“It is a strong and dramatically consistent finding in the social science, psychological and medical literature that children do best when living with their own married mother and father,” Minnery said.
In his testimony, Minnery cites a December 2010 study from the Department of Health & Human Services which he said found “children living with their own married biological or adoptive mothers and fathers were generally healthier and happier, had better access to health care, less likely to suffer mild or severe emotional problems, did better in school, were protected from physical, emotional and sexual abuse and almost never life in poverty, compared with children in any other family form.”
Sen. Al Franken (D-Minn.) challenged Minnery’s assertion, saying the HHS report “actually doesn’t say what you said it says.”
“It says that nuclear families — not opposite-sex married families — are associated with those positive outcomes,” Franken said. “Isn’t it true, Mr. Minnery, that married same-sex couple that has or had adopted kids would fall under the definition of the nuclear family in the study that you cite?”
Minnery replied that he would believe the study means nuclear families are families with opposite-sex parents, but Franken denied this speculation, saying, “It doesn’t,” eliciting laugher from those attending the hearing.
“The study defines nuclear family as one or more children living with two parents who are married to one another and each biological or adoptive parents of all the children in the family,” Franken said. “And I, frankly, don’t really know how we can trust the rest of your testimony if you are reading studies these ways.”
Rea Carey, executive director of the National Gay & Lesbian Task Force, said following the hearing the testimony of those affected by DOMA compared to apparently misleading testimony of the anti-gay law’s proponents shows why “we’re winning on this issue.”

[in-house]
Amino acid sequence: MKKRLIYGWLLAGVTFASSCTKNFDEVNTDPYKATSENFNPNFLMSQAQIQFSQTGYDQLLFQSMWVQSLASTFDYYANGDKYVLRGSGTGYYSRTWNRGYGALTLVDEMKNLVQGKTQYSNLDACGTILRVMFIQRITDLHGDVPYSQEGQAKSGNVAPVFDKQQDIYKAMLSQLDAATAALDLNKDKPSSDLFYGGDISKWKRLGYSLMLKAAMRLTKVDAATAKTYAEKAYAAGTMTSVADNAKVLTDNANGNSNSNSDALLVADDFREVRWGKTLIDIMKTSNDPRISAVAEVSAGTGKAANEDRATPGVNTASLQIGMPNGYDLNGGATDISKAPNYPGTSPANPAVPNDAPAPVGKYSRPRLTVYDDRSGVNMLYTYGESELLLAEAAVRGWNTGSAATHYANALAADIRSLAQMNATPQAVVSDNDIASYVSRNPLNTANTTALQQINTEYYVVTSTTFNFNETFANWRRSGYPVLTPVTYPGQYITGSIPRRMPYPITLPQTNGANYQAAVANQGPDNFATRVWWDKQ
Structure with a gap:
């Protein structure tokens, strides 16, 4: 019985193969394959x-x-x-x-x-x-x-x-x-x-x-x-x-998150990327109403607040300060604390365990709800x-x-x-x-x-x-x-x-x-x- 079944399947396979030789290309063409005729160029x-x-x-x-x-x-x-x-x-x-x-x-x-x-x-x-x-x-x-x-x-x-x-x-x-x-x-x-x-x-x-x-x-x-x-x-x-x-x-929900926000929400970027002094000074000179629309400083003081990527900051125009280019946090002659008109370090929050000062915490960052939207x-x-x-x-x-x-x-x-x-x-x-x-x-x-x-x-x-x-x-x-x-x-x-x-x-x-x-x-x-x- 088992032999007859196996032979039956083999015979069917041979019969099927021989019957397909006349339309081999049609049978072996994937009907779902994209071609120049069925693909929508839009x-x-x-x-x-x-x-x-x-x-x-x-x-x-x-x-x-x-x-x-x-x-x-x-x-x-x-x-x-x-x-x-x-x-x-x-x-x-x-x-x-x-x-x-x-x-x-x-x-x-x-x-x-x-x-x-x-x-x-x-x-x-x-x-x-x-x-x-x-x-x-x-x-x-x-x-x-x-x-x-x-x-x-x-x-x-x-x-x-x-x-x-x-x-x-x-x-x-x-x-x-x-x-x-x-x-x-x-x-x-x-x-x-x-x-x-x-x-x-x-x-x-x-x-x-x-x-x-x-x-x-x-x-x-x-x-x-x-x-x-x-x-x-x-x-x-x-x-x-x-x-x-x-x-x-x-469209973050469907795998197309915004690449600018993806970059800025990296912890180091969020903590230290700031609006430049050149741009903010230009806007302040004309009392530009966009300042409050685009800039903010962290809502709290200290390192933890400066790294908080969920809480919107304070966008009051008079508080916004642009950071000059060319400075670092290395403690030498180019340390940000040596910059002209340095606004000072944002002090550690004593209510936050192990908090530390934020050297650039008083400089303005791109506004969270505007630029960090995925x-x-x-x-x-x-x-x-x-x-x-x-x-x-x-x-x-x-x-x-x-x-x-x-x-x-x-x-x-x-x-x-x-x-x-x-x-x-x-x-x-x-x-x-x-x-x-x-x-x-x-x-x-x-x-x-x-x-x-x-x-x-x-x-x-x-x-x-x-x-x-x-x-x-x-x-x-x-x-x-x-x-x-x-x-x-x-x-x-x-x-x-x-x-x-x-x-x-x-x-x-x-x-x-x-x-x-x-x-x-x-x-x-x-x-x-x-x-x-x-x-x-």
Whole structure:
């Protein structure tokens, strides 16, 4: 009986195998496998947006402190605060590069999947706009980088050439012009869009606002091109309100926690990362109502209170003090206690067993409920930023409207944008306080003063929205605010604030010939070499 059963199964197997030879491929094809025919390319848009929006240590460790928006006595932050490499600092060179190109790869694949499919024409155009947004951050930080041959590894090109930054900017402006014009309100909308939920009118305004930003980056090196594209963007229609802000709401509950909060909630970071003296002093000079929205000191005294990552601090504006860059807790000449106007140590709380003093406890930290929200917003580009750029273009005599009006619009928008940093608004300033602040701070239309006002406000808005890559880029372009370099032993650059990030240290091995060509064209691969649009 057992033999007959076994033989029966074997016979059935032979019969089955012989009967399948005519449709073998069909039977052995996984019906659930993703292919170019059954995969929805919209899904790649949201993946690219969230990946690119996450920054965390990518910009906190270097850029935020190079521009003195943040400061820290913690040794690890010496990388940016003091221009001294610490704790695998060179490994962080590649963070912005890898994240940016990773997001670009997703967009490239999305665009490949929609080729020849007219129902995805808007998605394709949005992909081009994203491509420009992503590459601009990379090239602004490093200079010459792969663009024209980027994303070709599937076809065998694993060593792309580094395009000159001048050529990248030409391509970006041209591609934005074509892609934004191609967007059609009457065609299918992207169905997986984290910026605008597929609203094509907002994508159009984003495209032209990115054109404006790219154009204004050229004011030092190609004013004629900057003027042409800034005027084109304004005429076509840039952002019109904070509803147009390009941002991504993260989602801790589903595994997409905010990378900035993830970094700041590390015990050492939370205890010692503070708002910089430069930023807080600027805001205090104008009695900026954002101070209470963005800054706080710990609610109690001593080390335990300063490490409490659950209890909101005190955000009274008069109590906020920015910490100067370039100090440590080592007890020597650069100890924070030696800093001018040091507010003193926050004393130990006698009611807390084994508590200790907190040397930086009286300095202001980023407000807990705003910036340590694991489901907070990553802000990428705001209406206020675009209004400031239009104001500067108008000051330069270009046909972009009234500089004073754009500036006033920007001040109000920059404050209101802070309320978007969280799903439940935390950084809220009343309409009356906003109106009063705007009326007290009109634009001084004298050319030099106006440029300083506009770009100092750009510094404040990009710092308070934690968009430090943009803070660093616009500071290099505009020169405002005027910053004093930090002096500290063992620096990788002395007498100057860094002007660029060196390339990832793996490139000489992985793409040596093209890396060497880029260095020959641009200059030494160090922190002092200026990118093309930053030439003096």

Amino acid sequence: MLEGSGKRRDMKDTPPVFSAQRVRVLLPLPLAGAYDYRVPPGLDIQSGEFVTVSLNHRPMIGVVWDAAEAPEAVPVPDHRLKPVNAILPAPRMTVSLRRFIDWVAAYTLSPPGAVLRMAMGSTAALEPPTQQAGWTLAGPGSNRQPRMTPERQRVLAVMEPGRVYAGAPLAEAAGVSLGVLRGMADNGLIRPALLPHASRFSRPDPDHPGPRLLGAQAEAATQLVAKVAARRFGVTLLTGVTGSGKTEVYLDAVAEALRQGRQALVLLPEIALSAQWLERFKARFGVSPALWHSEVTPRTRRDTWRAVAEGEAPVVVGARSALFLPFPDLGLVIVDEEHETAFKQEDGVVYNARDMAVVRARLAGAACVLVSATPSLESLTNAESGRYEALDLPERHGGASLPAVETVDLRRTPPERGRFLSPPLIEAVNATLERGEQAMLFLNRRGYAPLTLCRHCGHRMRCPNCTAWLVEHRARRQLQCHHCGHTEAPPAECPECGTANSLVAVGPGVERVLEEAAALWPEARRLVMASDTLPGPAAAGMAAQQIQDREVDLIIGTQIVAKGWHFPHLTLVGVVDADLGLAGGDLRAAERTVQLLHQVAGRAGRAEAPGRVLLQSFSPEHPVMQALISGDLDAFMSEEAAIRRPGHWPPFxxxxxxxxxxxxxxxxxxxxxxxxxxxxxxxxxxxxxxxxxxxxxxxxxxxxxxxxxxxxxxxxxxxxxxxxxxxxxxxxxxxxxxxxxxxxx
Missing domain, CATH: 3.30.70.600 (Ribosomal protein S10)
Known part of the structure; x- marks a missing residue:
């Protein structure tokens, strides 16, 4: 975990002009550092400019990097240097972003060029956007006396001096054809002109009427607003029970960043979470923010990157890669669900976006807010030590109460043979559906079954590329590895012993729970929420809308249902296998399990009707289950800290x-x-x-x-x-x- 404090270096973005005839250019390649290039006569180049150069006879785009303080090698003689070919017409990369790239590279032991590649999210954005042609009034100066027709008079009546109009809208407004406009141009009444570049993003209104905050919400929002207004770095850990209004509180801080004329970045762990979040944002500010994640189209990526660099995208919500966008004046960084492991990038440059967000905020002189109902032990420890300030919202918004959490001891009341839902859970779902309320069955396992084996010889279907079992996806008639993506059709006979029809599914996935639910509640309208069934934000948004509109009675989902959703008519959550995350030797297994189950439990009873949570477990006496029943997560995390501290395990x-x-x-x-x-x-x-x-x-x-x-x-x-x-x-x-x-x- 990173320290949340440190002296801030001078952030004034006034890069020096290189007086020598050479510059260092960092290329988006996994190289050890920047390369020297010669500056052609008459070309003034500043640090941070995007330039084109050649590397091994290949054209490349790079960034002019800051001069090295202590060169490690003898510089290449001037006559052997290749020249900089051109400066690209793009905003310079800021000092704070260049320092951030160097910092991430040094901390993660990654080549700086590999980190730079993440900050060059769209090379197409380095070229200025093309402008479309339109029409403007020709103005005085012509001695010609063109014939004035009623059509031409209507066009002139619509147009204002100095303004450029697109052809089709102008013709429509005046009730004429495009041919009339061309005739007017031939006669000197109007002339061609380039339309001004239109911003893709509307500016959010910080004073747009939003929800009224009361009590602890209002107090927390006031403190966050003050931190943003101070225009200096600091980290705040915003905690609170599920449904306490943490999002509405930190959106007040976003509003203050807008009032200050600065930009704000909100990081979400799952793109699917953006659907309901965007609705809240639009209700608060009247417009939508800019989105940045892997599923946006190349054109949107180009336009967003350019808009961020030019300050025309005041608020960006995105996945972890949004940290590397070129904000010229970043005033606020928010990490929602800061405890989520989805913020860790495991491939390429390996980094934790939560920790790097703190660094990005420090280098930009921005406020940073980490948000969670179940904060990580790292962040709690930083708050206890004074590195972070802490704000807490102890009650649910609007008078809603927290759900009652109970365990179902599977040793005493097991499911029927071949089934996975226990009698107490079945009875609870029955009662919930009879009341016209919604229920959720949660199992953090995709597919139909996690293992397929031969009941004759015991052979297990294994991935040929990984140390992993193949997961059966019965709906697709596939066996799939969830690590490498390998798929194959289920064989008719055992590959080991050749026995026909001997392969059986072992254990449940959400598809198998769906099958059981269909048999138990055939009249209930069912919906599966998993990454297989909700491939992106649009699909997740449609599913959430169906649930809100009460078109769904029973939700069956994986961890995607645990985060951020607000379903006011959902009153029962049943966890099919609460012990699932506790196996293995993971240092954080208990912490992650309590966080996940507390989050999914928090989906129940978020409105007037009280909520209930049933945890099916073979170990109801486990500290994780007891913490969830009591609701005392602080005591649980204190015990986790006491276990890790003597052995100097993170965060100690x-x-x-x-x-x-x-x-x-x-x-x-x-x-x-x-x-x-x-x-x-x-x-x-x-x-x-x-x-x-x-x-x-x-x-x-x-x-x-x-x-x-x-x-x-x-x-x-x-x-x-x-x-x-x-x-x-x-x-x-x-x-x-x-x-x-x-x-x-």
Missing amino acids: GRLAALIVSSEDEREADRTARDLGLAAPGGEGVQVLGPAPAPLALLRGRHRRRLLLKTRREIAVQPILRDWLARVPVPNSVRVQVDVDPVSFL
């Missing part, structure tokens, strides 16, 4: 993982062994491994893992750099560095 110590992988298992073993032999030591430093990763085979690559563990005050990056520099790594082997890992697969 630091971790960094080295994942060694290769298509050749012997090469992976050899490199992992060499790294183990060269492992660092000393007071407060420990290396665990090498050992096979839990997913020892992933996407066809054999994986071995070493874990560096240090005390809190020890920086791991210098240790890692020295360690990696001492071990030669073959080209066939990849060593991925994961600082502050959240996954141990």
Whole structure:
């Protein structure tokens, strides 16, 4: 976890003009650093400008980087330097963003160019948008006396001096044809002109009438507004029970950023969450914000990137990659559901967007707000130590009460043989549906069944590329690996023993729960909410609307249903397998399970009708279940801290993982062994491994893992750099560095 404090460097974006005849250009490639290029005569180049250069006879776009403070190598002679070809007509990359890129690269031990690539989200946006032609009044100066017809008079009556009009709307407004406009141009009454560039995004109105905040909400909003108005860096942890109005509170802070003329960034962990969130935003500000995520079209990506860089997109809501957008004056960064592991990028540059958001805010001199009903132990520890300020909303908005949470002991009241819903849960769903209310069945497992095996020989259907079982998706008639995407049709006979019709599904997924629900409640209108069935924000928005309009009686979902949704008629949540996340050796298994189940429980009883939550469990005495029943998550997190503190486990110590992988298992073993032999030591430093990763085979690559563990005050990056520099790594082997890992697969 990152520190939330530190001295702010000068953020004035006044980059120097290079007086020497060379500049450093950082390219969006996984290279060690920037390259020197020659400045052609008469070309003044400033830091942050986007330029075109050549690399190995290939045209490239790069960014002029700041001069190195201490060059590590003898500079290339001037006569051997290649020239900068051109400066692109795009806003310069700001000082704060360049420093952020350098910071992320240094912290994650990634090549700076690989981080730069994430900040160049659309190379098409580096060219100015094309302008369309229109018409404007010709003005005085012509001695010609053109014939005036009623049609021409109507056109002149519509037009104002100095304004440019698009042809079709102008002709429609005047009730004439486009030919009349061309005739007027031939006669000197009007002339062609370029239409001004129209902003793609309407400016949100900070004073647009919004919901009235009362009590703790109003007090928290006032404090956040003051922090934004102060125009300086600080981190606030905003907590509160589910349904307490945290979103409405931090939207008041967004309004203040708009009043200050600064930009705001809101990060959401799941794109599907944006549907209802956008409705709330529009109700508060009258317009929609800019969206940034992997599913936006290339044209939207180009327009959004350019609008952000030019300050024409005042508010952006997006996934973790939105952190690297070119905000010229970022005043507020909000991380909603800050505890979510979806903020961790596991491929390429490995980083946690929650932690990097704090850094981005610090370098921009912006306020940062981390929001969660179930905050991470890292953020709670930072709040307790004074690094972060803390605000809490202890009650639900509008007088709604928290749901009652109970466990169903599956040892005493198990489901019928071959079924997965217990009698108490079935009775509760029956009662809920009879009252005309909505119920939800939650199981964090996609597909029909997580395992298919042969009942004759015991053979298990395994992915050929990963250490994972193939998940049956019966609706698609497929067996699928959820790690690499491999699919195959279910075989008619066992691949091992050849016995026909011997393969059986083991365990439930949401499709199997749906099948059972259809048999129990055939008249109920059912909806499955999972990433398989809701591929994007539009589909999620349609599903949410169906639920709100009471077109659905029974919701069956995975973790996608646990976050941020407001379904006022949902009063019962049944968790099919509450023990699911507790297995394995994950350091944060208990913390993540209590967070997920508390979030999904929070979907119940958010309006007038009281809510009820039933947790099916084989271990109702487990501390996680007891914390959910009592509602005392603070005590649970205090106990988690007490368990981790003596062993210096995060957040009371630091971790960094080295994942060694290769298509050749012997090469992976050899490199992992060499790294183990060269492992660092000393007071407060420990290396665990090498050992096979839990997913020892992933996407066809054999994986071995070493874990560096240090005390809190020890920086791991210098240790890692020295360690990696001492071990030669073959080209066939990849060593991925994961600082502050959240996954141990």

“The families who spoke — they talked from their human experience,” Carey said. “The other side talked from technical matters, from research that actually didn’t reveal the true, full research. We’re actually — children are doing quite well in our families, thank you very much.”
Time for a markup?
Now that the Respect for Marriage Act has had a hearing in the Senate, one option to move the legislation would be to hold a markup to bring the legislation to the floor. All 10 Democrats on the committee have signaled support for the legislation, so the bill already has sufficient support to move forward.
A Senate Democratic aide, who spoke on condition of anonymity, said the committee has yet to set a date to report out the legislation to the Senate floor.
“This hearing began to build the record for repealing DOMA, and this is the beginning of the process,” the aide said. “Sen. Leahy will continue to work with Sen. Feinstein and other supporters, and hopes there will be support from both sides of the aisle for this repeal, but I have no announcements to make today concerning any kind of timeline.”
Jacobs said he wants to see more co-sponsors for the Respect for Marriage Act — and maintained he wants “all Democrats on board” — but said the time may be right for a markup on the bill.
“I think that we should move to that pretty quickly,” Jacobs said. “I’d like to see it. I know some people don’t, but I think we need to keep the momentum going.”
Following the hearing, Solmonese expressed caution about moving to a markup and deferred the decision to the Senate Judiciary Committee leadership.
“If we are genuinely committed to a clare path to victory, to ensuring that DOMA is repealed, then I would defer to the chairman in terms of the degree to which he thinks the time is appropriate for a markup — and how that relates to a full Senate vote and the prospects in the House,” Solmonese said. “As was the case with ‘Don’t Ask, Don’t Tell,’ as was the case with any legislative victory that we have seen through to the end, we never want to evaluate it on the merits of one action.”
Bonauto, who’s leading several lawsuits against DOMA in the federal courts, said she isn’t sure if a committee vote on DOMA repeal — or a floor vote in the Senate without action in the House — would have any effect on how the courts would evaluate the constitutionality of the anti-gay law. She cautioned that a symbolic victory in the Senate may not have the desired impact on the courts.
“It’s hard to predict,” Bonauto said. “In the 1970’s, when the Congress had approved of the Equal Rights Amendment and sent it up for ratification to the states, the Supreme Court stayed its hand and didn’t declare that gender was a suspect classification because it thought the issue was moving through the political process. I think we’ve all learned through of the failure of ratification of the ERA that because something has been approved by the Congress of even is a constitutional amendment is set forth for ratification, it doesn’t predict future results.”